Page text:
Global Food Security report highlights change needed to reduce food waste

19th September 2013

Food wasteThe Global Food Security Programme has published a report  identifying the main research priorities needed to address the problems of food waste. Tackling food waste is a vital part of ensuring food security in the future. Food Waste within Global Systems  identifies research priorities throughout the food supply chain, from production through to consumers.

Part of the mission of the IFR is to increase the sustainability of the food chain to further the production of safe healthy foods, including addressing some of the issues associated with food waste. In particular, we are conducting innovative research in:

  • Increasing shelf life
  • Reducing microbial spoilage of food
  • Exploiting food waste

Increasing the shelf life of food

Working extensively with the food industry the IFR is developing safe, sustainable ways in which shelf-life can be extended.

Professor Mike Peck commented “Scientists at IFR are delighted to have had the opportunity to work closely with colleagues in the food industry on the ground-breaking SUSSLE project. The novel scientific advances made in this project are being used to make a significant contribution to food security and food safety, through a reduction in food waste and the continued safe development of chilled prepared foods”.

Ensuring the future sustainable supply of safe foods will include meeting consumer demand for greater food choice, including higher quality foods, and providing food for an increasing number of susceptible groups such as the elderly that require products made to a higher safety specification. This will need to be achieved against a background of climate change, increased global population – predicted to increase from seven billion to nine billion by the middle of this century – and potential limiting resources (e.g. water, minerals, energy).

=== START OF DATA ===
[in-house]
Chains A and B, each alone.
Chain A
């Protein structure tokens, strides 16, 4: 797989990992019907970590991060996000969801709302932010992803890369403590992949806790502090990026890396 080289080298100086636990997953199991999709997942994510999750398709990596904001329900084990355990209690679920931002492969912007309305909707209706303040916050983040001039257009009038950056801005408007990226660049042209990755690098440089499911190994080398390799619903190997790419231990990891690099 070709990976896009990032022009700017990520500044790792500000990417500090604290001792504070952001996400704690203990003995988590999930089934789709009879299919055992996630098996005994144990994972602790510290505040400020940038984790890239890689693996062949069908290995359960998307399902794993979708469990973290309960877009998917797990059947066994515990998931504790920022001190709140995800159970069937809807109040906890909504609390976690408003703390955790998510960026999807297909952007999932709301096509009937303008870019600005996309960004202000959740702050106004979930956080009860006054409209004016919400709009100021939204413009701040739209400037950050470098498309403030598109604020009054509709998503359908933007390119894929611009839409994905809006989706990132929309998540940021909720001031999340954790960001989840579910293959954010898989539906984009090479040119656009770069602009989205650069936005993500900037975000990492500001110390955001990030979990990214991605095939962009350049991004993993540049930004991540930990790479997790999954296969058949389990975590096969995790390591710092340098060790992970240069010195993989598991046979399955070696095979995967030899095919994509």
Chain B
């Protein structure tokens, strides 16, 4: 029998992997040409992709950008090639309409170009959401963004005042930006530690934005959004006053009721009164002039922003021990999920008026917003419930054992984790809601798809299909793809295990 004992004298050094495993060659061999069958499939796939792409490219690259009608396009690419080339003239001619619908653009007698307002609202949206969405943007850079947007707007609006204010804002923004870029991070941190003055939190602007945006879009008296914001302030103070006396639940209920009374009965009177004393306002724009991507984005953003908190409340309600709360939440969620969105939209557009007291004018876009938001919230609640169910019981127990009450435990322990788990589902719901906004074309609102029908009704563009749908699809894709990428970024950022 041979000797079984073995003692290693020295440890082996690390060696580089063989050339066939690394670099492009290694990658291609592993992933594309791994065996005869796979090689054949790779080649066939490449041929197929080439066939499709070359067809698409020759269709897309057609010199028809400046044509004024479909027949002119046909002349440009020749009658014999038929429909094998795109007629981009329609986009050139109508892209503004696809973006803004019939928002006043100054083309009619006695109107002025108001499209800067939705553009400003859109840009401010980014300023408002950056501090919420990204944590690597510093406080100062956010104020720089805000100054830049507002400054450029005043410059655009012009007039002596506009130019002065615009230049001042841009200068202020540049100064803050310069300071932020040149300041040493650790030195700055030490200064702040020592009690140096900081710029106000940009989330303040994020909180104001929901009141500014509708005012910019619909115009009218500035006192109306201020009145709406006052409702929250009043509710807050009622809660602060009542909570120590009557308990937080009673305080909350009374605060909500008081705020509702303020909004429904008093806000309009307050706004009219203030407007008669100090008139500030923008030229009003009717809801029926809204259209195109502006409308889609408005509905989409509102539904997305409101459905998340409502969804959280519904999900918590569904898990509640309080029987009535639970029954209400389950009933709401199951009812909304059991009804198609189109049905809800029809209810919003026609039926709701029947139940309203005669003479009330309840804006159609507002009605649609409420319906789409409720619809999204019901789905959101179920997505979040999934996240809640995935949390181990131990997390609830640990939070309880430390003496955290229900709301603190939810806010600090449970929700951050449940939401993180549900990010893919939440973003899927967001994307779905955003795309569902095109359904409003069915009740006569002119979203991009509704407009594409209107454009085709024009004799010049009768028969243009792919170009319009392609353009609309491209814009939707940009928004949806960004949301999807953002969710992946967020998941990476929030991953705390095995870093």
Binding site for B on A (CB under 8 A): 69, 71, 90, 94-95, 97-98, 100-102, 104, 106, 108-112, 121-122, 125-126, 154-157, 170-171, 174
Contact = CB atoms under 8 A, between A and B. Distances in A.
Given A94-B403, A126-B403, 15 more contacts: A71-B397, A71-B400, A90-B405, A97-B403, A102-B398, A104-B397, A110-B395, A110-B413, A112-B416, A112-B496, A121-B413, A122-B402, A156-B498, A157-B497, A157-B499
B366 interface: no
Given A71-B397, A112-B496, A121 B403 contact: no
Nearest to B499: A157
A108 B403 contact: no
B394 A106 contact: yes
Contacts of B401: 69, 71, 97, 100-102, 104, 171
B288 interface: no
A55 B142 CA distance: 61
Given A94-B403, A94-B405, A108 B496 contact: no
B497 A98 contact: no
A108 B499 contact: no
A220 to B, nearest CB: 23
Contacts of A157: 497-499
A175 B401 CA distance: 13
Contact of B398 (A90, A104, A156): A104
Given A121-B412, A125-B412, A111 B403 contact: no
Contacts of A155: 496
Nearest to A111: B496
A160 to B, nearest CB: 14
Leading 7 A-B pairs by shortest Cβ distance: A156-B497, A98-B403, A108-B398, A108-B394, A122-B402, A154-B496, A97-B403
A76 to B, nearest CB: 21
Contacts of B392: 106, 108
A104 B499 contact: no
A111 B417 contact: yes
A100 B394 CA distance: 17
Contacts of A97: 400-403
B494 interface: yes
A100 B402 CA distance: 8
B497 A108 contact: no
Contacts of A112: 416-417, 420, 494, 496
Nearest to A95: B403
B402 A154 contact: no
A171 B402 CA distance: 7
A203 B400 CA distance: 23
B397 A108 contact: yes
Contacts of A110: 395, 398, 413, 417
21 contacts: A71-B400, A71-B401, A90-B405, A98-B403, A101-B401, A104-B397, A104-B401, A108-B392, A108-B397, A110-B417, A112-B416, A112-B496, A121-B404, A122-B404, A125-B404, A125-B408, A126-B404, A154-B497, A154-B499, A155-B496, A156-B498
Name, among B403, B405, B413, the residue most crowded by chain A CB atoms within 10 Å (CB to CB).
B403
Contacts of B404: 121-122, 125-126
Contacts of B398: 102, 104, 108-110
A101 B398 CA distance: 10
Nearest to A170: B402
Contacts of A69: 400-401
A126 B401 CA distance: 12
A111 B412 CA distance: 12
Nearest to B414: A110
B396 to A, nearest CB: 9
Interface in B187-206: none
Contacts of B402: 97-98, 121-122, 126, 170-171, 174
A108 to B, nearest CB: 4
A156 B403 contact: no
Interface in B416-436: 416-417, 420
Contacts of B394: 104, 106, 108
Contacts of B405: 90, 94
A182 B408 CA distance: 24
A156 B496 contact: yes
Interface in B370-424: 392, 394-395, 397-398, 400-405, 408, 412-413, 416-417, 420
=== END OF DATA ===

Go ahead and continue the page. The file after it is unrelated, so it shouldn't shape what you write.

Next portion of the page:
Reducing the microbial spoilage of food

Research at IFR is contributing to reduce microbial spoilage of food, and also includes studies to understand how three major foodborne bacterial pathogens of the greatest concern to the UK (Salmonella, Campylobacter and Clostridium botulinum) survive and grow in the food chain.

In the UK alone, food poisoning presently affects millions of people per annum, with significant morbidity and mortality, and an annual economic cost of more than £2 billion. We need to reduce the present level of foodborne illness, and understanding more about the bacterial pathogens that cause food poisoning will help achieve this.

Turning food waste into biofuels and chemicals

Innovative research at IFR is also looking for new ways of increasing sustainability in the food chain through using waste materials. Some waste streams are inevitable at all parts of the food chain, and there are many inedible components that have the potential for exploitation. For example, industrial biotechnology approaches can take such waste streams and turn them into valuable products or resources. Field waste has the potential to be used for the production of renewable chemicals and biofuels and materials such as packaging and plastics.

The Biorefinery Centre at IFR is a focal point for this research on the Norwich Research Park. IFR collaborates extensively in this area through projects such as HOOCH, on the production of bioalcohols from agri-food chain waste. Also, fruit and vegetable trimmings discarded by food processors are being developed as sources of valuable nutrients and bioactive chemicals that may be used in the treatment of disease and to improve health.

Researchers working in IFR’s Biorefinery Centre have also taken the first detailed look at exactly what is in the waste we throw away, at the molecular level. They identified a significant proportion of the waste, mostly derived from plant material, is made of sugars, cellulose and other components that could be used for making bioethanol and other valuable chemicals.

Professor Keith Waldron commented: “The Biorefinery Centre at IFR provides a good example of forward thinking by the BBSRC, enabling the UK to effectively address these problems both at home and across the world.”

This approach ultimately reduces the overall amount of waste, but also adds extra value to the food chain. Through an understanding of the chemical structure of this waste material, and research into how to fractionate it, we can turn this into valuable products. Biofuels, for example, can be used to power the farm or food processing factory, reducing inputs and the overall carbon footprint.

Definition & quantification of food waste

The accurate measurement of food waste and losses is vital to begin to deal with the challenges of food waste and IFR, along with WRAP, are the UK partners in the recently started FUSIONS project which aims to improve the definition and quantification of food waste to help achieve a reduction of 50% in food waste by the year 2020.